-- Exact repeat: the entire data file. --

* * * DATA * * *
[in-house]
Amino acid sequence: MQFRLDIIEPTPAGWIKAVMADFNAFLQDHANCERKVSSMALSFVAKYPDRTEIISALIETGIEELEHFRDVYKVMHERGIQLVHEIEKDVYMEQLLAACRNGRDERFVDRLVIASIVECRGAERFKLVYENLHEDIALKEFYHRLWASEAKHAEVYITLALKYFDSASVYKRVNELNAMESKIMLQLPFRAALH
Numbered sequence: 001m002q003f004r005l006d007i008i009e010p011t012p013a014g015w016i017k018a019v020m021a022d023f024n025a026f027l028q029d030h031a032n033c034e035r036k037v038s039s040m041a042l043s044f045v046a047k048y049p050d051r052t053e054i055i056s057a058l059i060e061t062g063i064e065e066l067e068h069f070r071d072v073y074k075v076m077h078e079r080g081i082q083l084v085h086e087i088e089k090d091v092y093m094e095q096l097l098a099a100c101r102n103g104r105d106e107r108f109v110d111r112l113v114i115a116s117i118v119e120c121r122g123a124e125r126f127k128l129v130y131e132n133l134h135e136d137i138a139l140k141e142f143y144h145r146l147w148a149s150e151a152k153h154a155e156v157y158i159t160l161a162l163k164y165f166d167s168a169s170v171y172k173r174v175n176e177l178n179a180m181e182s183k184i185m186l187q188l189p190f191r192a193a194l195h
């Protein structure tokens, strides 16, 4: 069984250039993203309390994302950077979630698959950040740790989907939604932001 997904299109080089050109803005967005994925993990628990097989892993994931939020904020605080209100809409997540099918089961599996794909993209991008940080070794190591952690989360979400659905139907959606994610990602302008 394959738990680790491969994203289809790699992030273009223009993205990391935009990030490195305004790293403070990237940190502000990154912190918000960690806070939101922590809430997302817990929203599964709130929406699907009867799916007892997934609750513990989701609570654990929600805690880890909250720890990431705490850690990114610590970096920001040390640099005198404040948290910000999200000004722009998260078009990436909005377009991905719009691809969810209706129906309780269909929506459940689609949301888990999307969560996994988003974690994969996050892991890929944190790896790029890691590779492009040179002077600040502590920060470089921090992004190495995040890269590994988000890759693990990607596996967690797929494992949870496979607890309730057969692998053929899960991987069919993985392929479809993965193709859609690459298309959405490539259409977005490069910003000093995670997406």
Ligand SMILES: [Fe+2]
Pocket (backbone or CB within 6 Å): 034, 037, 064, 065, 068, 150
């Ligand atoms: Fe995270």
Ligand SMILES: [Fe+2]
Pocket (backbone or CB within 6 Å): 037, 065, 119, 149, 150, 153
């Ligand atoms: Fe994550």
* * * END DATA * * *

[in-house]
Amino acid sequence: MQFRLDIIEPTPAGWIKAVMADFNAFLQDHANCERKVSSMALSFVAKYPDRTEIISALIETGIEELEHFRDVYKVMHERGIQLVHEIEKDVYMEQLLAACRNGRDERFVDRLVIASIVECRGAERFKLVYENLHEDIALKEFYHRLWASEAKHAEVYITLALKYFDSASVYKRVNELNAMESKIMLQLPFRAALH
Numbered sequence: 001m002q003f004r005l006d007i008i009e010p011t012p013a014g015w016i017k018a019v020m021a022d023f024n025a026f027l028q029d030h031a032n033c034e035r036k037v038s039s040m041a042l043s044f045v046a047k048y049p050d051r052t053e054i055i056s057a058l059i060e061t062g063i064e065e066l067e068h069f070r071d072v073y074k075v076m077h078e079r080g081i082q083l084v085h086e087i088e089k090d091v092y093m094e095q096l097l098a099a100c101r102n103g104r105d106e107r108f109v110d111r112l113v114i115a116s117i118v119e120c121r122g123a124e125r126f127k128l129v130y131e132n133l134h135e136d137i138a139l140k141e142f143y144h145r146l147w148a149s150e151a152k153h154a155e156v157y158i159t160l161a162l163k164y165f166d167s168a169s170v171y172k173r174v175n176e177l178n179a180m181e182s183k184i185m186l187q188l189p190f191r192a193a194l195h
């Protein structure tokens, strides 16, 4: 069984250039993203309390994302950077979630698959950040740790989907939604932001 997904299109080089050109803005967005994925993990628990097989892993994931939020904020605080209100809409997540099918089961599996794909993209991008940080070794190591952690989360979400659905139907959606994610990602302008 394959738990680790491969994203289809790699992030273009223009993205990391935009990030490195305004790293403070990237940190502000990154912190918000960690806070939101922590809430997302817990929203599964709130929406699907009867799916007892997934609750513990989701609570654990929600805690880890909250720890990431705490850690990114610590970096920001040390640099005198404040948290910000999200000004722009998260078009990436909005377009991905719009691809969810209706129906309780269909929506459940689609949301888990999307969560996994988003974690994969996050892991890929944190790896790029890691590779492009040179002077600040502590920060470089921090992004190495995040890269590994988000890759693990990607596996967690797929494992949870496979607890309730057969692998053929899960991987069919993985392929479809993965193709859609690459298309959405490539259409977005490069910003000093995670997406």
Ligand SMILES: [Fe+2]
Pocket (backbone or CB within 6 Å): 034, 037, 064, 065, 068, 150
């Ligand atoms: Fe995270």
Ligand SMILES: [Fe+2]
Pocket (backbone or CB within 6 Å): 037, 065, 119, 149, 150, 153
């Ligand atoms: Fe994550």